Sexual assault charges may be filed for a number of reasons, and can be filed on behalf of adults or children. In fact, these charges are alarmingly common in divorce cases, especially those with contentious custody battles. One thing that you need to understand is that sexual assault cases are strenuously prosecuted, and rightly so. You would want a rape or criminal sexual conduct that was perpetrated against you or a family member to be prosecuted to the fullest extent of the law. However, when the charges are false, zealous prosecution makes it even more difficult to defend these types of cases.
Do not talk to the police before you retain an attorney.
The police are not on your side, and they do not want to help you, no matter what they may say. Do not tell them anything until you have a rape lawyer by your side.
Find the right criminal defense attorney Charleston SC locals trust.
When you hire specifically a sexual assault or rape defense lawyer, make sure that he or she has plenty of experience and expertise in this type of case, and ensure that they have the investigative resources to adequately defend you.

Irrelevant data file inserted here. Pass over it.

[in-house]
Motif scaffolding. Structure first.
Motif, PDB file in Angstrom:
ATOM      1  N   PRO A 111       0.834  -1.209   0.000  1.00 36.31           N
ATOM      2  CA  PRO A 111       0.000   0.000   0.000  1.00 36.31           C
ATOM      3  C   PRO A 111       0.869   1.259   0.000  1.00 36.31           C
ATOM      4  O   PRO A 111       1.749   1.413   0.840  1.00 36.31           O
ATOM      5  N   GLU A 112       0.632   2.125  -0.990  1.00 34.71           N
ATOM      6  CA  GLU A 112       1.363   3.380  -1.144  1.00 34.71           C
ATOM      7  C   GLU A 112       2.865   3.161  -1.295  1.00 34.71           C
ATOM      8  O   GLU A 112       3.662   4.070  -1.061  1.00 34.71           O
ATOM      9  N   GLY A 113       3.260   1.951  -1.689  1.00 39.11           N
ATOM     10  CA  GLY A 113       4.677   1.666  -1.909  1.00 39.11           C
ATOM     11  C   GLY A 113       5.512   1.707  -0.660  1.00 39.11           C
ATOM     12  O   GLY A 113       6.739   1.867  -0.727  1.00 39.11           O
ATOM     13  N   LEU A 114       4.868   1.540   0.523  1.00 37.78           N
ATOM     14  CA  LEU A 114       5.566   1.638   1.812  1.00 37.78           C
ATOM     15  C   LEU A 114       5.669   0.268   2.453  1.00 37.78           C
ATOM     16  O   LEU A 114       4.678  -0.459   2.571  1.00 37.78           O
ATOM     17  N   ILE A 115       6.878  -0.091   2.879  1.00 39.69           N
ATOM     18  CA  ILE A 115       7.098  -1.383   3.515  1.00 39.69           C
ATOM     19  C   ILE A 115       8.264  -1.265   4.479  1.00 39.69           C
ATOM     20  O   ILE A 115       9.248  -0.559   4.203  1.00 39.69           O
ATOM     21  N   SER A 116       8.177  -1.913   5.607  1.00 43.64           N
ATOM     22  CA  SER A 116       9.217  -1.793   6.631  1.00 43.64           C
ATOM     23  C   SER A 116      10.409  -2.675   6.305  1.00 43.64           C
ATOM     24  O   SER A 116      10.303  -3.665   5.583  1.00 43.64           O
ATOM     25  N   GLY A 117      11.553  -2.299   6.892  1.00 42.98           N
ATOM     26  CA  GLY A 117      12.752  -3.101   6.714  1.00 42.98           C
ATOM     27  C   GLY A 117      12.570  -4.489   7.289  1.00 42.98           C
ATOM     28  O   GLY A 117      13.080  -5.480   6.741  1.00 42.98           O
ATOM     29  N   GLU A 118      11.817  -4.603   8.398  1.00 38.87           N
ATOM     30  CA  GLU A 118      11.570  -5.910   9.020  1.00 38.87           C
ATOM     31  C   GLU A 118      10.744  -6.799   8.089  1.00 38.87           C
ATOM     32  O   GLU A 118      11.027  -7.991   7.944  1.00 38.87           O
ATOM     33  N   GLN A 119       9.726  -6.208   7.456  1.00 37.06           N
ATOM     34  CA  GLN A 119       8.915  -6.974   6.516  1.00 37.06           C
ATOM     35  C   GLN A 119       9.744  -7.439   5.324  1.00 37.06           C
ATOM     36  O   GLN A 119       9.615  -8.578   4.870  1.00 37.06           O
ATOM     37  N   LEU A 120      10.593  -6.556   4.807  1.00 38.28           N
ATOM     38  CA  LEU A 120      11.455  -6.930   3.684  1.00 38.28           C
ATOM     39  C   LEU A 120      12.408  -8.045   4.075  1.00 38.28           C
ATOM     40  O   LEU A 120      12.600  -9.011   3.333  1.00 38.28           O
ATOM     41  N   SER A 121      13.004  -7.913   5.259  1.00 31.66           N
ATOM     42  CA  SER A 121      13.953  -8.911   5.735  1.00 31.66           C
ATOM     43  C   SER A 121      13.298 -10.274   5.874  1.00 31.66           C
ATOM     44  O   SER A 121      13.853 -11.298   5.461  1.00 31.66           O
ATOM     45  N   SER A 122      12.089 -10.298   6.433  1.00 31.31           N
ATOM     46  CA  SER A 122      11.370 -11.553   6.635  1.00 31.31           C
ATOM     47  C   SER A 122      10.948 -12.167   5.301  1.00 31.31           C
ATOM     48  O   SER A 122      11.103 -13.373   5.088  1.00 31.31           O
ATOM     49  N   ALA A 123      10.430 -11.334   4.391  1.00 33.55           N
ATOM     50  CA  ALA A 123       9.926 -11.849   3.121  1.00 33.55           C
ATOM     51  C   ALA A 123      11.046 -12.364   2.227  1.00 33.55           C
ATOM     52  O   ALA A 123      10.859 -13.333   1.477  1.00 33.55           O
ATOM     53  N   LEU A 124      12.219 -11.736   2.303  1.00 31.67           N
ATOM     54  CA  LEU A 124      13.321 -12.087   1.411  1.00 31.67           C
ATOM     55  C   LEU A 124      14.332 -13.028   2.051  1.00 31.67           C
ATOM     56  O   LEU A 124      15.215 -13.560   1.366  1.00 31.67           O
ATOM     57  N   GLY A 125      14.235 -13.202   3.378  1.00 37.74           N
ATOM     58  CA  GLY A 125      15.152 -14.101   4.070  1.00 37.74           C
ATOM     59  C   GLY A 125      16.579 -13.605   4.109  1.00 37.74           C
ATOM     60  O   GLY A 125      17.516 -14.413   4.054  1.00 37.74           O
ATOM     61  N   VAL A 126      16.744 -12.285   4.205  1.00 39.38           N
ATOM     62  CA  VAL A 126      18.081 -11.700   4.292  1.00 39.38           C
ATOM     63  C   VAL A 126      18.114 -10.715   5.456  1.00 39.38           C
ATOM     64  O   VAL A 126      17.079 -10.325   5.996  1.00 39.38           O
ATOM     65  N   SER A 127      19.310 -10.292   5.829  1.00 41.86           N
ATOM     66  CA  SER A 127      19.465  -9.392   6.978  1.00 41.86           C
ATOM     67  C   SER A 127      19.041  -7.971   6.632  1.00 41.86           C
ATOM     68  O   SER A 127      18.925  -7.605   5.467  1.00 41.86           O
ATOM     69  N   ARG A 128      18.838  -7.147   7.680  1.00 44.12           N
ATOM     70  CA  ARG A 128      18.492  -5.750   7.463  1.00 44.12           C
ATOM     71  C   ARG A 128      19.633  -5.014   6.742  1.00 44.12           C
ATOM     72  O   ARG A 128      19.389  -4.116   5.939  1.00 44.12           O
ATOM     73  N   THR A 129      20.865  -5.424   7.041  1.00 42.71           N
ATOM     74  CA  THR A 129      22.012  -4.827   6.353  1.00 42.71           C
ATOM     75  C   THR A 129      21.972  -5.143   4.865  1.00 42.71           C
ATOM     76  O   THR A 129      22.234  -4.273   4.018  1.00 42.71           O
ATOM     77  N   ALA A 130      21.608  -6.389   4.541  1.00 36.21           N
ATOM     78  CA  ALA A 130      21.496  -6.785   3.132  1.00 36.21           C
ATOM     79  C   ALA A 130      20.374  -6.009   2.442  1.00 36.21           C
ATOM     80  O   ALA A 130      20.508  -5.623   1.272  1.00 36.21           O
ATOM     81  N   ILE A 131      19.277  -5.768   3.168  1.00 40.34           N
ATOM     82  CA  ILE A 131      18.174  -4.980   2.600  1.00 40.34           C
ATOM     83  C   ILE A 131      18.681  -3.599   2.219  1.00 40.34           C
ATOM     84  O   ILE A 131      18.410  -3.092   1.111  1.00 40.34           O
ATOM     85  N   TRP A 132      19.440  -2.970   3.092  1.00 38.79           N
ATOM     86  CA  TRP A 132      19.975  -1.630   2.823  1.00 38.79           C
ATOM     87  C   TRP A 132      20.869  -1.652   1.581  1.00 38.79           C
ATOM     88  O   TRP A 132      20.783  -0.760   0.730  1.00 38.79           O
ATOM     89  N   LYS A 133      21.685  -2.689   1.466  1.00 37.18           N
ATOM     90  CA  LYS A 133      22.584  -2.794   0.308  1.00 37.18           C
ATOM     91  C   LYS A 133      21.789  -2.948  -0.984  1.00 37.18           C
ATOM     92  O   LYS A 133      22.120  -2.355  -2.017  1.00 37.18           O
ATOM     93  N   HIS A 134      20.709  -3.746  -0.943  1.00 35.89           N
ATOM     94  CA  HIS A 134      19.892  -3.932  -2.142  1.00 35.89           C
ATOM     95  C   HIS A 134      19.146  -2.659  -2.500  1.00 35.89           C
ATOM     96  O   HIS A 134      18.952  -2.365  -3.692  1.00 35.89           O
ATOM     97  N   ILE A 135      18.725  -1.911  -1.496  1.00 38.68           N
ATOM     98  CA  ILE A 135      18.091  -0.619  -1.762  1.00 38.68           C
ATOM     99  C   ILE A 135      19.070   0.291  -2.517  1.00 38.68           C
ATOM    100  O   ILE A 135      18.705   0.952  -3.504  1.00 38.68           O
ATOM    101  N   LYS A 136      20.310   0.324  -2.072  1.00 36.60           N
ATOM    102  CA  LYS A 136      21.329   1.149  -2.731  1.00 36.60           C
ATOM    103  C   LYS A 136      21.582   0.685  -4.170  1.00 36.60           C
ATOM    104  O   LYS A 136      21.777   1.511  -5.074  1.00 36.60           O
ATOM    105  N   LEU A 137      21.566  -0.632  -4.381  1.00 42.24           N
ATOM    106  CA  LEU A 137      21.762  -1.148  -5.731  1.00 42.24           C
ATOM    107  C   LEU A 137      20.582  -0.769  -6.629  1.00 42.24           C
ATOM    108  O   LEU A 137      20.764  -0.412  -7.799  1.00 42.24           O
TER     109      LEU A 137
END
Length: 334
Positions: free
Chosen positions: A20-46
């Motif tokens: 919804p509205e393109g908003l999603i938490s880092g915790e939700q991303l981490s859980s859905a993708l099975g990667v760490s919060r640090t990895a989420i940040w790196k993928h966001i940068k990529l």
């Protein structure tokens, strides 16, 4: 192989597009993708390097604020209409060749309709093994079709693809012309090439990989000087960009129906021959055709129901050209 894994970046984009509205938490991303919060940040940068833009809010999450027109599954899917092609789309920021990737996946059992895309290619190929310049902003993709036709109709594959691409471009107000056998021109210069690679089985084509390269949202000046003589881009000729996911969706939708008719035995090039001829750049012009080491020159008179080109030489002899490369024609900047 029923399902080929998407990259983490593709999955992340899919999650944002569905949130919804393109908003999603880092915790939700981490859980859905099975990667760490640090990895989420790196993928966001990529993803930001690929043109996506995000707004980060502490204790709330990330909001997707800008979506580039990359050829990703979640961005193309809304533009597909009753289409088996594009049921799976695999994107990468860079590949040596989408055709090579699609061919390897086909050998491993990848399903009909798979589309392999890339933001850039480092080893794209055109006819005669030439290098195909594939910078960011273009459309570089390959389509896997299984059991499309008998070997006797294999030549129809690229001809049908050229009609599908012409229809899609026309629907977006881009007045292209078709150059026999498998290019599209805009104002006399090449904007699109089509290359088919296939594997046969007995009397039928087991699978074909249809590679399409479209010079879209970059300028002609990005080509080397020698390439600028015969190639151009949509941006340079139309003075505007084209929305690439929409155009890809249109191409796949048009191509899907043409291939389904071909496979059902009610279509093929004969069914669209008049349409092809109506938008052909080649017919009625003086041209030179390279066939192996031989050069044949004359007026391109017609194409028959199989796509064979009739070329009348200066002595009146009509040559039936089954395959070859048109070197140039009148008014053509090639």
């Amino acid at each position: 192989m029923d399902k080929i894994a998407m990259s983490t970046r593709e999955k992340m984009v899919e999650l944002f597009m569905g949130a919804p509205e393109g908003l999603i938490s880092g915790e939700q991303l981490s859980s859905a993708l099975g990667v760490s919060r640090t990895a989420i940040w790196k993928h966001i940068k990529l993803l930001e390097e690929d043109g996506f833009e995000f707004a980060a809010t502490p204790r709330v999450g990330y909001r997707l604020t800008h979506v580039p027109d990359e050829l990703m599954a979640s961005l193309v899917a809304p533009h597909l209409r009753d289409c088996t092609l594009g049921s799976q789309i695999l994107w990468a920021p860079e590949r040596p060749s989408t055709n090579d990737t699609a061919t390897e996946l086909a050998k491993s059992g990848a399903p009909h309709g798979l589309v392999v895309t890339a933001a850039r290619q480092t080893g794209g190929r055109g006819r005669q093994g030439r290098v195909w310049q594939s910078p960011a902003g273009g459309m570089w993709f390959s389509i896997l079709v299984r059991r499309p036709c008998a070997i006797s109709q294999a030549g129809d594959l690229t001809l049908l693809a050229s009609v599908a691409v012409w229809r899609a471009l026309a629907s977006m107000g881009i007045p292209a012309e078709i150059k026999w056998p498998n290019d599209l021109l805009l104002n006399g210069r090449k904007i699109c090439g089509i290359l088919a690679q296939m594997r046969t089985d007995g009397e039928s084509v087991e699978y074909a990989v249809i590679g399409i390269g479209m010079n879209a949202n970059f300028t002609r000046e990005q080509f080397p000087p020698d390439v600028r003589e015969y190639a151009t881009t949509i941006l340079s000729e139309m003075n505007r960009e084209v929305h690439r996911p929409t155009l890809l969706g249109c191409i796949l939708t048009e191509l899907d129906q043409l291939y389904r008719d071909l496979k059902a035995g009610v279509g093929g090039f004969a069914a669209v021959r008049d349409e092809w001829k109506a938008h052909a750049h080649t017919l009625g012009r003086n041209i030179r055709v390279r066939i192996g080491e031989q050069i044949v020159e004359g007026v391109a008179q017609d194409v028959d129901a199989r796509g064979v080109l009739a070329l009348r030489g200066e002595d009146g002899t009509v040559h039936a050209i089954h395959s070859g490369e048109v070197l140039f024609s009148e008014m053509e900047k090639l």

Keep your cool.
Being falsely accused of sexual assault is infuriating, shocking, and demeaning. You are understandably angry and upset, but you need to stay calm and focused. You can help your lawyer to defend you by being completely honest about the situation and your history with the alleged victim.
Understand that the justice system may not be fair to you.
Sexual offenses are considered especially monstrous, and everyone involved wants to see someone put away for the crime. That someone with the target on the forehead is you, and you need to be wary of the system and let your attorney do his or her job.
Do not talk to anyone about the case without your lawyer present.
The prosecution and your alleged victim, as well as his or her family and friends, are watching you. You cannot talk to anyone about the case, not even your own family and friends, without your lawyer present. Don’t even joke about it. The prosecution can subpoena anyone it chooses, and you do not want anyone else getting involved or telling the court anything you’ve said.
If you’re accused of rape, criminal sexual conduct, or sexual assault, find a lawyer immediately, and keep quiet.